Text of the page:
TALLAHASSEE — For more than five years, Gov. Rick Scott has been a fierce critic of the federal government in general and President Barack Obama in particular.
From a high-speed rail system to health care expansion to opening ties with Cuba, the Republican governor has been a vocal and partisan opponent of the Democratic president, has repeatedly sued the administration and recently chided Obama to "be a partner" in helping Florida fight the Zika virus.
With Florida always vulnerable to threats of hurricanes, Scott could need federal help more than any other governor.
But his cumulative criticism may have taken a toll. At a time when he seeks federal intervention on multiple fronts, he's getting the cold shoulder from Washington.
The president, who has been critical of the Republican Congress' lack of action on Zika funding, has not replied to Scott's 2-week-old request for emergency Zika aid.
As of late Tuesday, Scott was waiting for a reply to his request Monday to declare a state of emergency after Sunday's massacre in Orlando.
As the magnitude of the horror in Orlando became known, Obama reached out to "my good friend," Mayor Buddy Dyer, a Democrat, but Scott is still waiting to hear from the president.
"No, he has not called. A staffer has called, but no, he has not called," Scott said in a Fox & Friends interview Tuesday.
White House spokesman Josh Earnest said that Scott will be invited to the president's arrival in Orlando on Thursday and that "hopefully" the two can talk.
"As we always do, we will invite the governor to be a part of the president's arrival," Earnest said, "and hopefully the president will have the opportunity to see Gov. Scott there."
Scott's on-air comments Tuesday were supportive of Obama's toughest critic, presumptive Republican presidential nominee Donald Trump.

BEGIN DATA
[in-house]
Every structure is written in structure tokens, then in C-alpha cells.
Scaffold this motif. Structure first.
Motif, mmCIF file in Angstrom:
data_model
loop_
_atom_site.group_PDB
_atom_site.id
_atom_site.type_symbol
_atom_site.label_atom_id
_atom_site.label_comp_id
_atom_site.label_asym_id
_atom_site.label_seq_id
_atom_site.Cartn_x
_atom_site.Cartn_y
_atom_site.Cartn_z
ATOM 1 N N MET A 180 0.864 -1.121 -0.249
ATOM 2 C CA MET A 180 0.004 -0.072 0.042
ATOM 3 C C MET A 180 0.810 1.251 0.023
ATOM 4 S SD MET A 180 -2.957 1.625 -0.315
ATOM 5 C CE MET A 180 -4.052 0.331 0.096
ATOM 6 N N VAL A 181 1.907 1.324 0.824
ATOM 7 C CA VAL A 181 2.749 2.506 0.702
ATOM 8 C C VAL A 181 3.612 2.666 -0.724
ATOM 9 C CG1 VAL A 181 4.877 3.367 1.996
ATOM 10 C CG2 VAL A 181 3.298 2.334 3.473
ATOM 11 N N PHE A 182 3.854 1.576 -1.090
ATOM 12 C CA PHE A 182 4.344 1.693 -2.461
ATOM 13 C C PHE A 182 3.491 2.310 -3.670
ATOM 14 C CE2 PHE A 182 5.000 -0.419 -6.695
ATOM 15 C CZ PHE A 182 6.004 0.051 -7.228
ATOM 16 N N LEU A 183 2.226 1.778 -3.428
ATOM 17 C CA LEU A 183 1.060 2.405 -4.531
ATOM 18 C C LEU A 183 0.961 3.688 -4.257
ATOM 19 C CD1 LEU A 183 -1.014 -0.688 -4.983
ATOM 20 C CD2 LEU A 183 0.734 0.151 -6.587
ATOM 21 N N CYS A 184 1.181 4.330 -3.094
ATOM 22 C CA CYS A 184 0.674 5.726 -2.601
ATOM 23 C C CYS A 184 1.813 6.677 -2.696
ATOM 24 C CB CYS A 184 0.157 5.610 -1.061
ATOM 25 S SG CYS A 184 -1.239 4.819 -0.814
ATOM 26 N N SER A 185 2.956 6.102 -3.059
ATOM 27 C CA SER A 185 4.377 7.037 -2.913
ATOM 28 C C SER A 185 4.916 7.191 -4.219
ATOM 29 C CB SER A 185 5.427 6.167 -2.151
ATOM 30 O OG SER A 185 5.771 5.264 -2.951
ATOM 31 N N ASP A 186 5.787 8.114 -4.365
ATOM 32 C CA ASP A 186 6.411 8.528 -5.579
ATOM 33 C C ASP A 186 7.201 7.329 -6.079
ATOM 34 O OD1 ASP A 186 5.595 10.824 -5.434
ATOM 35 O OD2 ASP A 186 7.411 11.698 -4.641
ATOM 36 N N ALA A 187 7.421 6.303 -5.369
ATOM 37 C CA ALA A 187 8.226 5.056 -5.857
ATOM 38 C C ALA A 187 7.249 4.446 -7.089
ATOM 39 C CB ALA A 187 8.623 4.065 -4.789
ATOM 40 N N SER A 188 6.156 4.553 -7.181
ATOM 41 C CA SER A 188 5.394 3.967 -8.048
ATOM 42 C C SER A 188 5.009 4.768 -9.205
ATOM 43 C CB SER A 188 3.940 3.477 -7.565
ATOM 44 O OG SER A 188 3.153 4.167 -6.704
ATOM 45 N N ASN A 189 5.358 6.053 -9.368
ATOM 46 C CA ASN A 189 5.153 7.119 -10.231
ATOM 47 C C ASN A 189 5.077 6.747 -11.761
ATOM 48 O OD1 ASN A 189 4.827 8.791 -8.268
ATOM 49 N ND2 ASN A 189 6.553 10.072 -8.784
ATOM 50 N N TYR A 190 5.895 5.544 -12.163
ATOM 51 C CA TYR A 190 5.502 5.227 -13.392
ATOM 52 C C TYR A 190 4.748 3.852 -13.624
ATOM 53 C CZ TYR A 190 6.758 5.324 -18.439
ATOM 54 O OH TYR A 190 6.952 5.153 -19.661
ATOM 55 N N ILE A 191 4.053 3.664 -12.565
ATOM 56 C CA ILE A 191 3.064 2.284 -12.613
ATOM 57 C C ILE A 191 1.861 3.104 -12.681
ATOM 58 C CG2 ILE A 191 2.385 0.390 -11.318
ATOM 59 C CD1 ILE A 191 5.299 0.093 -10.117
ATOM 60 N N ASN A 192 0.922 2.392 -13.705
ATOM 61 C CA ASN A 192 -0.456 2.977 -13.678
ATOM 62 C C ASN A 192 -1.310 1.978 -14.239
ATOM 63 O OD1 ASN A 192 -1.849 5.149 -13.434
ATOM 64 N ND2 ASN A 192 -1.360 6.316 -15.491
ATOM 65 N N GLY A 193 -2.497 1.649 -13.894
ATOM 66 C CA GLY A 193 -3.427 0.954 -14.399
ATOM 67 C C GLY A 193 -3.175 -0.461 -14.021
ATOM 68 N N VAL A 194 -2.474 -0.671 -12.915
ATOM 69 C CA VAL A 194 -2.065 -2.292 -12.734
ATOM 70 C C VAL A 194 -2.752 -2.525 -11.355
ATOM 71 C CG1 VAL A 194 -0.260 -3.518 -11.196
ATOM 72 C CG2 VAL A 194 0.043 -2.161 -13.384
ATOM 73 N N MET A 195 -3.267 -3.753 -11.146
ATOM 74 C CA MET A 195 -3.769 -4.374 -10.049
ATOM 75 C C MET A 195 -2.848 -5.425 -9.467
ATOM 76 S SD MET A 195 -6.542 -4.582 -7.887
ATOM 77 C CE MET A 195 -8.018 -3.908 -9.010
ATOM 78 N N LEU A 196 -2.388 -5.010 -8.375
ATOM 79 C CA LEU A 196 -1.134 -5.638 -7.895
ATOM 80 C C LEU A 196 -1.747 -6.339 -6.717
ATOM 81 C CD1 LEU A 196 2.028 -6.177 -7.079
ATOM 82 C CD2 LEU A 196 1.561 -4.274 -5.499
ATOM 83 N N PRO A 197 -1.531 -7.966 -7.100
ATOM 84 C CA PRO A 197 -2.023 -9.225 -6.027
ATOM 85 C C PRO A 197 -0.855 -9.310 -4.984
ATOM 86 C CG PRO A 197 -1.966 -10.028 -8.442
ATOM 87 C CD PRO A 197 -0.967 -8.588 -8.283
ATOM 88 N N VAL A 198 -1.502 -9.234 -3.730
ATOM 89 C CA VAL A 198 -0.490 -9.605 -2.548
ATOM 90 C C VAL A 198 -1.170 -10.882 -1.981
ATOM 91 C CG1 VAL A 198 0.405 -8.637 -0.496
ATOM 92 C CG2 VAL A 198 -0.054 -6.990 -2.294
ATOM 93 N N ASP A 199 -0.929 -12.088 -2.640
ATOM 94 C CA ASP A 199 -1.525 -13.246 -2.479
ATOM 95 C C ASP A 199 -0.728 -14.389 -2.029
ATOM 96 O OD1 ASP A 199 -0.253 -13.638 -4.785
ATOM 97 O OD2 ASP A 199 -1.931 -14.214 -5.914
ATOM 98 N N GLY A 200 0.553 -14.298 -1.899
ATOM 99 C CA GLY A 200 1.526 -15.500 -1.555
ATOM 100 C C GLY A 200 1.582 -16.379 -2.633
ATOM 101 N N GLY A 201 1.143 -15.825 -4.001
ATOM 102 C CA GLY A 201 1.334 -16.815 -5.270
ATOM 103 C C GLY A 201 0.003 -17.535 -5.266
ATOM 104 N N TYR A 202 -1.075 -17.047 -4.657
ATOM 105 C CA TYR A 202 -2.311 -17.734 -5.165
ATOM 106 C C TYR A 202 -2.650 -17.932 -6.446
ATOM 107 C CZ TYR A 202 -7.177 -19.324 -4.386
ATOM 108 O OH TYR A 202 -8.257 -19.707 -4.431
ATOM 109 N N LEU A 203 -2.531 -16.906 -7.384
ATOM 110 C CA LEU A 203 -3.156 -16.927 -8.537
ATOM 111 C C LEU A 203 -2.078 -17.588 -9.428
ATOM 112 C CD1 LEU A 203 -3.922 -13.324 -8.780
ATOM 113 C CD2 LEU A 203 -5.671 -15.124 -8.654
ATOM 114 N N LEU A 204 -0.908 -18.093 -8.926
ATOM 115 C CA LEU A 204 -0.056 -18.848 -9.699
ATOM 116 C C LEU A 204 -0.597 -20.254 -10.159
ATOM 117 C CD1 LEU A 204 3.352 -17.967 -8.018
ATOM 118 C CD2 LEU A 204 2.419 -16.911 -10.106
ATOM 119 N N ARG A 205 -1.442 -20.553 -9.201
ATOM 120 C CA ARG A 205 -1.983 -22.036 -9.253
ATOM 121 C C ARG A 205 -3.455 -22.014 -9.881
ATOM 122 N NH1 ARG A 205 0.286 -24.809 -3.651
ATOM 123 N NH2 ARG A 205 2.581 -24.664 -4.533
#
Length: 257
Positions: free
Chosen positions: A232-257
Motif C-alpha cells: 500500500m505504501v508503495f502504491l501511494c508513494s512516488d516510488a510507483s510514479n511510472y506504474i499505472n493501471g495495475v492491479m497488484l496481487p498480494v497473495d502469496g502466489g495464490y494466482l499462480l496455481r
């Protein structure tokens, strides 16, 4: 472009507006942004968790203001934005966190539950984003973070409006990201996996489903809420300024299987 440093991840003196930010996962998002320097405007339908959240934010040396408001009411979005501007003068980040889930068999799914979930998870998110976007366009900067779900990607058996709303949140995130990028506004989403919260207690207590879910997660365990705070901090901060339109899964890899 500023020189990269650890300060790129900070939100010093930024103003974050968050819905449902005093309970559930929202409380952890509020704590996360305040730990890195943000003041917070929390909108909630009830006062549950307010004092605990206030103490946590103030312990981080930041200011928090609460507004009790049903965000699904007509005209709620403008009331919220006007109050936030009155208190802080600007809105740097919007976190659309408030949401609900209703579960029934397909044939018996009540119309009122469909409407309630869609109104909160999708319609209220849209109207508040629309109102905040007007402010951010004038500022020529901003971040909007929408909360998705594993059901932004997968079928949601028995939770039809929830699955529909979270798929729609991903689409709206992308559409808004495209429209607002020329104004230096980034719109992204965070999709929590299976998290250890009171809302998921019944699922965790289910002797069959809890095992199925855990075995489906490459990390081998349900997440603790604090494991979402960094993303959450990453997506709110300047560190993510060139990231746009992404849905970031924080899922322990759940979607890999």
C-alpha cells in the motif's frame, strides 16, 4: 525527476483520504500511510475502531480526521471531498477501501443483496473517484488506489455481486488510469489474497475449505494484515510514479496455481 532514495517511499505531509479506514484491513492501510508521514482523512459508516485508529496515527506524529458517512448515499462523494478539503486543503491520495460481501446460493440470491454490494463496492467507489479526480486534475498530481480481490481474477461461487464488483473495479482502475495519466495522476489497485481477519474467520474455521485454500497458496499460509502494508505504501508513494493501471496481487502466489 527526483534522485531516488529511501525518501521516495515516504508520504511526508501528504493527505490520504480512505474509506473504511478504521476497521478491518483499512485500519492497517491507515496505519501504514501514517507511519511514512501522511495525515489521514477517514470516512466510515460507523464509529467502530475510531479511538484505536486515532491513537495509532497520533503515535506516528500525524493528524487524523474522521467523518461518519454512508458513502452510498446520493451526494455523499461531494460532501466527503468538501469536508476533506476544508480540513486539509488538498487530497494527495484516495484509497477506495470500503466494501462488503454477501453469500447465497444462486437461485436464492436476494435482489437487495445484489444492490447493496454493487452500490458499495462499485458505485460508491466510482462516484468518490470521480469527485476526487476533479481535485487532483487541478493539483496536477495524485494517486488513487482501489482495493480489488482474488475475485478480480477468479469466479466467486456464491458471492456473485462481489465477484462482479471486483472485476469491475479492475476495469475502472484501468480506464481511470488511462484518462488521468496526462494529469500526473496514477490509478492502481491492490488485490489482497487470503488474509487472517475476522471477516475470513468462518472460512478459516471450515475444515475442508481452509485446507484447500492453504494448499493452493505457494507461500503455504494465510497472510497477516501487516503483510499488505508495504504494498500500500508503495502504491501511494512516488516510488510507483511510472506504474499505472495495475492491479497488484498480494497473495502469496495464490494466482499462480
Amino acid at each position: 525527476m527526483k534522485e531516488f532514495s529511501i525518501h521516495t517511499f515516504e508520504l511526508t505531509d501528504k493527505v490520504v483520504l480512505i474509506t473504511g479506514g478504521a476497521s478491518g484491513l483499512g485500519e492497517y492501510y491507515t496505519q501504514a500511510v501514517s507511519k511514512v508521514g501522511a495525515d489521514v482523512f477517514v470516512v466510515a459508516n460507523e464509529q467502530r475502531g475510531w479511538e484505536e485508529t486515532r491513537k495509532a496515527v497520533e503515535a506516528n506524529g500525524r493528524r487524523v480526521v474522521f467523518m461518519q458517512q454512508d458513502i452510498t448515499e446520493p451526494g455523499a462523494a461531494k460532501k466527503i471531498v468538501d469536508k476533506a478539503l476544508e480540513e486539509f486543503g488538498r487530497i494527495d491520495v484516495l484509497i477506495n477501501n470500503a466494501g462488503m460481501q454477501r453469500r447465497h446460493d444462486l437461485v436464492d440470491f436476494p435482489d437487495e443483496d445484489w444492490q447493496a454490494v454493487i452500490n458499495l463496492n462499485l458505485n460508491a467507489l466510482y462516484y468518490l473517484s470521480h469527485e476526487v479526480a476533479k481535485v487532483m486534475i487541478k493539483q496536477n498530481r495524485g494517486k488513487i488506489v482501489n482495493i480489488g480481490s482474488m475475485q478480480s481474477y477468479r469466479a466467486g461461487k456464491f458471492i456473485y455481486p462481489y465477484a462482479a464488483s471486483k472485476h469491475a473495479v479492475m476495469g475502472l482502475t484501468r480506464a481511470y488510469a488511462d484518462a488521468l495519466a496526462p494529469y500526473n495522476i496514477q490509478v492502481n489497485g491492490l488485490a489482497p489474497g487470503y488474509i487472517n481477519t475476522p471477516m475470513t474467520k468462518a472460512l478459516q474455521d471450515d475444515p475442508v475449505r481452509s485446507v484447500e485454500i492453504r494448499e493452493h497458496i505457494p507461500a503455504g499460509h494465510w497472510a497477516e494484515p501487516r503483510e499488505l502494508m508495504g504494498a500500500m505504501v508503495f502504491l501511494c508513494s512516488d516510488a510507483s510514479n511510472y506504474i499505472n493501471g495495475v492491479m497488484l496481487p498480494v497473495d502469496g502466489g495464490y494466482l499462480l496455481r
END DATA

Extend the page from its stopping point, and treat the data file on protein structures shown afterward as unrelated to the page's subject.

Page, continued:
"The Second Amendment didn't kill anybody. Evil, radical Islam, ISIS — they killed," Scott told Fox & Friends. "We have got to start standing up for this country."
Echoing Trump's remarks on immigration, Scott said: "We've got to vet people before they come into our country."
(Omar Mateen, the gunman who took 49 lives at the Pulse nightclub before he was killed in a shootout with police, was born in New York and was a U.S. citizen.)
As governor, Scott is the titular head of the Republican Party of Florida.
He was silent several weeks ago when U.S. Senate candidate Carlos Beruff, his friend, called Obama an "animal," even as Beruff's GOP rivals and other officials condemned him.
From his first weeks in office in 2011, Scott set the tone for his dealings with Washington: He rejected the Obama administration's offer of $2.4 billion for a high-speed rail network between Tampa and Orlando.
Two years ago, after the beheading of freelance Florida journalist Steven Sotloff by Islamic State militants, Scott pointedly criticized Obama for a lack of leadership, days after the president said "we don't have a strategy yet" for dealing with ISIS in Iraq and Syria.
"The president's got to start showing up and acting like a president," Scott told reporters in Boca Raton, the Palm Beach Post reported.
After Scott sent Obama a letter Monday asking for a federal emergency declaration in Orlando in response to a terrorist attack, Democratic U.S. Sen. Bill Nelson made a similar request.
Scott spoke by phone Monday evening with a senior adviser to Obama, Valerie Jarrett, about his request for aid. Scott spokeswoman Jackie Schutz said he was told it is "under review."
McClatchy Newspapers Washington Bureau reporter Lesley Clark contributed to this report. Contact Steve Bousquet at email@example.com or (850) 224-7263. Follow @stevebousquet.